Two topics I regularly avoid in conversations are religion and politics. It’s not that I don’t like to discuss them, it just that it requires all parties involved in the discourse to have a certain level of maturity in order for the discussion to remain civil and have any chance of being productive. One can confidently bet buttons will be pushed in these types of exchanges.
However in 2019, it’s near impossible to be a gun guy with a gun related blog and avoid gun related politics.
That said, I’m not going to get into politics. Rather, I’m going to share my perspective on what I, as an immigrant and naturalized American citizen, believe are a citizen’s duties to preserve liberty in the US of A. These duties take time and money to perform, but the cost of not performing them will likely be the loss of individual freedom and liberty.
1. Be informed
Every citizen has an obligation to be informed about current events and politics (at the very least politics concerning individual liberties and constitutionally protected rights). This takes time, but at least we live in an age where the cost and time to acquire information is low – thanks to the internet.
Personally, I make every effort to be more informed about local events and politics than global ones. As the closer to home those events and politics are, the more likely they are to have an immediate and direct impact and effect on your every day life.
It should go without saying, but I am going to say it anyway, that all information received should be critically analyzed before drawing individual conclusions and forming opinions. It’s okay for those conclusions and opinions to change overtime as long as it’s not a result of emotional knee jerk reactions to new information.
2. Be heard
Citizens had a duty to inform policy makers and authorities about their well formulated conclusions and opinions. This is another duty that doesn’t require a lot of time and is essentially free from cost as it doesn’t take much to place a send an email, make a phone call, or write a letter.
A quick search on Google for “who represents me” will yield several resources that will allow a person to find out who their representatives are. For example, using a zip code or street address on Ballotpedia will yield information about city, county, state, and federal representatives along with links to their contact information.
Remember government officials work for you so urge them to develop or act on policy that is important to you.
3. Be involved
A citizen who is informed and is making their voice heard is already involved, but that can be taken to the next level.
Start by searching for organizations already involved in the things that matter to you and get on their mailing lists. Here are a few that I keep up with:
- Texas State Rifle Association
- Gun Owners of America
- 2nd Amendment Foundation
- Firearms Policy Coalition
- American Suppressor Association
If one can afford it, become a member of one or more of those organization or make a donation. If one can afford a little more, make regular monthly donations to them.
If one can afford the time, then take the time to attend and peacefully participate in rallies for or protest against policies of importance.
Can’t find an organization? Form one.
Every citizen has a duty consciously exercise their right to vote.
I may rub some folks the wrong way on this one, but I’m going put this out there anyway. I’m going to suggest that consciously exercising a vote also includes consciously abstaining from casting a vote. Now before your feathers get too ruffled, hear me out.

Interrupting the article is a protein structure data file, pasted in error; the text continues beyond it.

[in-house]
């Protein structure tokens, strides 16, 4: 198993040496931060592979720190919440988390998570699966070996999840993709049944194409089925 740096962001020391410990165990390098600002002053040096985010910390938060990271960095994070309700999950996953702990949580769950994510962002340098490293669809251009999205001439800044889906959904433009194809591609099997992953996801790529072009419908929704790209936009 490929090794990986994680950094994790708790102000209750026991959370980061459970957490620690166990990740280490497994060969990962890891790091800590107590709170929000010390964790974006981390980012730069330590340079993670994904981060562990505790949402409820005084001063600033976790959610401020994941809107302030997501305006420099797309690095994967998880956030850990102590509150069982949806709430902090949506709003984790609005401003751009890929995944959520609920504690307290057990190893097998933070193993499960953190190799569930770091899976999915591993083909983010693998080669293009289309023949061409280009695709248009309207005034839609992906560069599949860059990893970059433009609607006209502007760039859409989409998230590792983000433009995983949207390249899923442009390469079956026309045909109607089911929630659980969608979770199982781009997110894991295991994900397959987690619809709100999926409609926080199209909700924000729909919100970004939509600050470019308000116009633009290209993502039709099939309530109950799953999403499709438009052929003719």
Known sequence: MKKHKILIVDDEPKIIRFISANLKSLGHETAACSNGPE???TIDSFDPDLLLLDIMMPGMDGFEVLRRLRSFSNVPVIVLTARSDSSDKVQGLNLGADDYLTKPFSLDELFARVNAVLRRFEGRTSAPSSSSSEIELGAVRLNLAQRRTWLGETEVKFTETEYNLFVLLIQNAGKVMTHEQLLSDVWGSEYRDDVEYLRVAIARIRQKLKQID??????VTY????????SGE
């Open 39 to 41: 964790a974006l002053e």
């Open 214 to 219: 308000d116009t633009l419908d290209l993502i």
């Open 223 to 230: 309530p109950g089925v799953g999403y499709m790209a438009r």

There have been a number of taxes, policies, and propositions on ballots that have been passed or enacted because people cast a vote without understanding what they were voting for. So I suggest, consciously abstaining from casting a vote is better than a misinformed vote.
Similarly, some representatives have been voted into office simply because one voted for the lesser of two (or more evils) or against a potential representative. I believe those sorts of votes can have potentially negative side effects as they are not necessarily well informed conscious votes.
I’ve personally stopped voting a straight party ticket and stopped voting on propositions I’m not well informed on. Frankly, I’m not sure I can (or will), in good faith, vote for another politician if I am not certain they will fight for the preservation (or restoration) of individual liberties.
But what about guns and liberty?
From where I stand, gun rights and the 2nd amendment are at the center of today’s political climate and it seems many representatives (regardless of political party) are actively pushing or passively considering additional infringements on the 2nd amendment via gun control legislation. Frankly, I think there has already been too much compromise in favor of restricting the right to keep (own) and bear (carry) arms. I firmly believe this constitutionally protected right is what protects all other rights and liberties and I worry that further infringements will further erode individual liberty.
As an example, I think the adoption of red flag laws across states (and potentially at the the federal level) erode the presumption of innocence or circumvent due process – rights protected under the fifth, sixth, and fourteenth amendments. Not to mention the “temporary” confiscation of firearms under those red flag laws, in my opinion, violate the fourth amendment protection against unreasonable searches and seizures.
But I’m not a lawyer and all of this is my opinion (which is subject to change). However, if you share similar concerns about gun rights or other liberties, then I suggest you take action in the form of what I have suggested above. And if you happen to get into a political discussion, take the high road and be civil – even if your patience and temper are tested.